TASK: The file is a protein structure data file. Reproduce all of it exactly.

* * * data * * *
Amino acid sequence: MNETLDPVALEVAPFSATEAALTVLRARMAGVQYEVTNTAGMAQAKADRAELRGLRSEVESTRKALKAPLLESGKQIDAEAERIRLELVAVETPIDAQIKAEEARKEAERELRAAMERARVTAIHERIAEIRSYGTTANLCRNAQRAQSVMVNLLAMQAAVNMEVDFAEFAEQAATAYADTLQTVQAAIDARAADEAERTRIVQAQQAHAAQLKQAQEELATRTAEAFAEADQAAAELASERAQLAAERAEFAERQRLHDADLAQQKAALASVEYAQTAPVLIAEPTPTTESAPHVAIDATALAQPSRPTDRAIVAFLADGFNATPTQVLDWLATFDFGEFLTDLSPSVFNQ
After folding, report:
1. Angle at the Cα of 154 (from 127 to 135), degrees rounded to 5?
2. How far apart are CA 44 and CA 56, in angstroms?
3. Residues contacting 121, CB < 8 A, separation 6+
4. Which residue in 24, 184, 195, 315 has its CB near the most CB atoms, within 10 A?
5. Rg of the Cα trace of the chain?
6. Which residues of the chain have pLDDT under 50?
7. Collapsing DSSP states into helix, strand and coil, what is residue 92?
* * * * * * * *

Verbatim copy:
Amino acid sequence: MNETLDPVALEVAPFSATEAALTVLRARMAGVQYEVTNTAGMAQAKADRAELRGLRSEVESTRKALKAPLLESGKQIDAEAERIRLELVAVETPIDAQIKAEEARKEAERELRAAMERARVTAIHERIAEIRSYGTTANLCRNAQRAQSVMVNLLAMQAAVNMEVDFAEFAEQAATAYADTLQTVQAAIDARAADEAERTRIVQAQQAHAAQLKQAQEELATRTAEAFAEADQAAAELASERAQLAAERAEFAERQRLHDADLAQQKAALASVEYAQTAPVLIAEPTPTTESAPHVAIDATALAQPSRPTDRAIVAFLADGFNATPTQVLDWLATFDFGEFLTDLSPSVFNQ
After folding, report:
1. Angle at the Cα of 154 (from 127 to 135), degrees rounded to 5?
2. How far apart are CA 44 and CA 56, in angstroms?
3. Residues contacting 121, CB < 8 A, separation 6+
4. Which residue in 24, 184, 195, 315 has its CB near the most CB atoms, within 10 A?
5. Rg of the Cα trace of the chain?
6. Which residues of the chain have pLDDT under 50?
7. Collapsing DSSP states into helix, strand and coil, what is residue 92?